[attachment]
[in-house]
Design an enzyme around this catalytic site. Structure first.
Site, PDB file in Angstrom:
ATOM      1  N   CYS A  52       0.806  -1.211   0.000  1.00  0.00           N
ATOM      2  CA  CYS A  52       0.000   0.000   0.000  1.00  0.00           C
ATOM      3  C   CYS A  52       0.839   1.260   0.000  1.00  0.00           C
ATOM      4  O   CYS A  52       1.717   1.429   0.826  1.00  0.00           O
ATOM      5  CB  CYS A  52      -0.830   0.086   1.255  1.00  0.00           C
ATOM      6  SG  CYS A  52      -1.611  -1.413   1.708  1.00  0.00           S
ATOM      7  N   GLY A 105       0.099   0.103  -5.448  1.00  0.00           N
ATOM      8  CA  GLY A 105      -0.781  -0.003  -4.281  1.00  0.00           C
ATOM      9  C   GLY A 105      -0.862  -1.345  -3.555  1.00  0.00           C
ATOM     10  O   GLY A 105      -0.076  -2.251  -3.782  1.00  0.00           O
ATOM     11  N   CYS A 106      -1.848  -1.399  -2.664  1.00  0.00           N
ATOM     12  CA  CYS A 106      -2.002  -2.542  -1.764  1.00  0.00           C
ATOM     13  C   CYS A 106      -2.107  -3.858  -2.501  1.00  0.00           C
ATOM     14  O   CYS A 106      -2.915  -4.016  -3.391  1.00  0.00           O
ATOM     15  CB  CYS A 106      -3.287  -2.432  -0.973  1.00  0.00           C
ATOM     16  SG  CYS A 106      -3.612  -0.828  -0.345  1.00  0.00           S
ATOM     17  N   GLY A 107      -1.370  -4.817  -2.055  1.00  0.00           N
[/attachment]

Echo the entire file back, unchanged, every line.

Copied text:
[in-house]
Design an enzyme around this catalytic site. Structure first.
Site, PDB file in Angstrom:
ATOM      1  N   CYS A  52       0.806  -1.211   0.000  1.00  0.00           N
ATOM      2  CA  CYS A  52       0.000   0.000   0.000  1.00  0.00           C
ATOM      3  C   CYS A  52       0.839   1.260   0.000  1.00  0.00           C
ATOM      4  O   CYS A  52       1.717   1.429   0.826  1.00  0.00           O
ATOM      5  CB  CYS A  52      -0.830   0.086   1.255  1.00  0.00           C
ATOM      6  SG  CYS A  52      -1.611  -1.413   1.708  1.00  0.00           S
ATOM      7  N   GLY A 105       0.099   0.103  -5.448  1.00  0.00           N
ATOM      8  CA  GLY A 105      -0.781  -0.003  -4.281  1.00  0.00           C
ATOM      9  C   GLY A 105      -0.862  -1.345  -3.555  1.00  0.00           C
ATOM     10  O   GLY A 105      -0.076  -2.251  -3.782  1.00  0.00           O
ATOM     11  N   CYS A 106      -1.848  -1.399  -2.664  1.00  0.00           N
ATOM     12  CA  CYS A 106      -2.002  -2.542  -1.764  1.00  0.00           C
ATOM     13  C   CYS A 106      -2.107  -3.858  -2.501  1.00  0.00           C
ATOM     14  O   CYS A 106      -2.915  -4.016  -3.391  1.00  0.00           O
ATOM     15  CB  CYS A 106      -3.287  -2.432  -0.973  1.00  0.00           C
ATOM     16  SG  CYS A 106      -3.612  -0.828  -0.345  1.00  0.00           S
ATOM     17  N   GLY A 107      -1.370  -4.817  -2.055  1.00  0.00           N